|Beautiful produce shops like this one (at the base of the building we lived in) are scattered every few blocks throughout Buenos Aires. It's probably not organic produce, but it's delicious and cheap.|
Was this really news? I'd seen several studies with similar findings. And this new study turned out to be nothing more than a reanalysis of that past work. There have been a few critiques the study, but if you want my opinion (as someone that tries to sort substance from superstition about all things "natural") it's basically right. There's very little evidence that one person eating organic food is going to be getting superior nutrition. Yes, non-organic food has trace levels of pesticides (after reviewing the science, those don't worry me), and yes, non-organic meat is more likely to have antibiotic-resistant bacteria (this does worry me but it's primarily a public health problem, not a problem for individuals). But all the science really doesn't support the idea that organic food is a wonder drug that will keep you young.
At the same time, I think it's indisputably true that organic food is healthier. That is - if you are narrowly focused on how it will benefit you, about how the known molecules will interact with your metabolism for good for for ill, then organic and industrial food are pretty much the same (as far as we know with the current science). But if you take a broader view, things look different:
Buying from farms that make the world cleaner and more beautiful rather than uglier and more polluted is healthier. Buying from farms that support a broad middle class rather than tycoons and destitute laborers is healthier. Buying from farms that don't torture animals is healthier. Buying food that you can take pride in is healthier. Buying delicious food, and taking pleasure in every bite is healthier.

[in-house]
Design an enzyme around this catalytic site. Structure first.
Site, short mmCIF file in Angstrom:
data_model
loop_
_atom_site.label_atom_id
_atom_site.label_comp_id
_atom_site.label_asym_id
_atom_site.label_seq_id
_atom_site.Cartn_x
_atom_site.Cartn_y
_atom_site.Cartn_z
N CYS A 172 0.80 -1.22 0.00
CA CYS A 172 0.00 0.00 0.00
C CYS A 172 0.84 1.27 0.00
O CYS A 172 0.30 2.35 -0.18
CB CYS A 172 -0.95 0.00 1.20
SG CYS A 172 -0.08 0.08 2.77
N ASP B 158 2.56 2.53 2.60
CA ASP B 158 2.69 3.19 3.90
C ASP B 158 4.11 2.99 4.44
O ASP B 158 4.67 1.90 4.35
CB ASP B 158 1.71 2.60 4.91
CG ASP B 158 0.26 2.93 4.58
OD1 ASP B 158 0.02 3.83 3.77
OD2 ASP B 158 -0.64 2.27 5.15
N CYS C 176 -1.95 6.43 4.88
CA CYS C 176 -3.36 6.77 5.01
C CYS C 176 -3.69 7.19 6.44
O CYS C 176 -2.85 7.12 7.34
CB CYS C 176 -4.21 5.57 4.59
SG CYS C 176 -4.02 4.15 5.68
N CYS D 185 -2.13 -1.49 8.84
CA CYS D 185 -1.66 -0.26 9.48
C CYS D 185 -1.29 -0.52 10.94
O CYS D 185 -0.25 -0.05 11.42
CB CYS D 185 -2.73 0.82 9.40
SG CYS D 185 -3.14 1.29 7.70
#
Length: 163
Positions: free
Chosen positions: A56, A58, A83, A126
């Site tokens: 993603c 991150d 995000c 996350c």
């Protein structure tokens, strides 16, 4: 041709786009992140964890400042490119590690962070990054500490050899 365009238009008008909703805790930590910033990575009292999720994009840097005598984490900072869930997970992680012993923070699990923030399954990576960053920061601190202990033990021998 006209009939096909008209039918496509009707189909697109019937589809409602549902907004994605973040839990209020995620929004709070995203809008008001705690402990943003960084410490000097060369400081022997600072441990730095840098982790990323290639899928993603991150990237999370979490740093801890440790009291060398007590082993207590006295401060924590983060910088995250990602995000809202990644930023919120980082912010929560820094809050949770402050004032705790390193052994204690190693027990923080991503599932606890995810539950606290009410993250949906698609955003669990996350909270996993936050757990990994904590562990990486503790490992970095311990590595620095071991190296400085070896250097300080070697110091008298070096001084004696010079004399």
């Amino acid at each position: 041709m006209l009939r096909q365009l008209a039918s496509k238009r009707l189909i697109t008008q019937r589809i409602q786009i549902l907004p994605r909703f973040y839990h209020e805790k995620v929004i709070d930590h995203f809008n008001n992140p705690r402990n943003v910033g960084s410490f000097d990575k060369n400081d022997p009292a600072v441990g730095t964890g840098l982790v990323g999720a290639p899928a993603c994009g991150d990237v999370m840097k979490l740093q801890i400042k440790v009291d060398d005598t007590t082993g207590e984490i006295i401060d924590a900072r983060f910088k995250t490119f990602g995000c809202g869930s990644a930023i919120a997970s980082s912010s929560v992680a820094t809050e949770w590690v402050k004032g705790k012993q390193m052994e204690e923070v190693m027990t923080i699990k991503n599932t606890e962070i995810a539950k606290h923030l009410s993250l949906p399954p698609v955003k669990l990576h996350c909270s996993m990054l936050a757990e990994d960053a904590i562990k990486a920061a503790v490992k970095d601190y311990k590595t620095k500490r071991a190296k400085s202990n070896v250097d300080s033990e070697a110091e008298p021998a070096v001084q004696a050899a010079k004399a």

Roger Cohn made essentially the same points yesterday, but unlike me he "can no longer stomach" organics. "Organic has long since become an ideology, the romantic back-to-nature obsession of an upper middle class able to afford it and oblivious, in their affluent narcissism, to the challenge of feeding a planet," he wrote.
Affluent narcissism? Perhaps in some cases. But besides being annoyed by some picky Yuppie in Whole Foods, what's the harm? It's not as if these people are against feeding the world, or are taking food out of the mouths of the poor. And on the other side, the people who are actually figuring out how to meet the challenge of feeding the world aren't against organics. They recognize that sustainable agriculture will be a vital part of our food future, and that the next set of farming innovations will have increase yields while also improving the environment: A Doubly Green Revolution.
At worst, these affluent narcissists are confused. They've conflated the fact that organics tend to be healthier in the holistic view, with the idea that they are healthier in the reductive, selfish sense. This, it seems to me, is a wholly virtuous confusion: I wish that everyone treated the good of the commonwealth as if it were the same as what's best for them as individuals.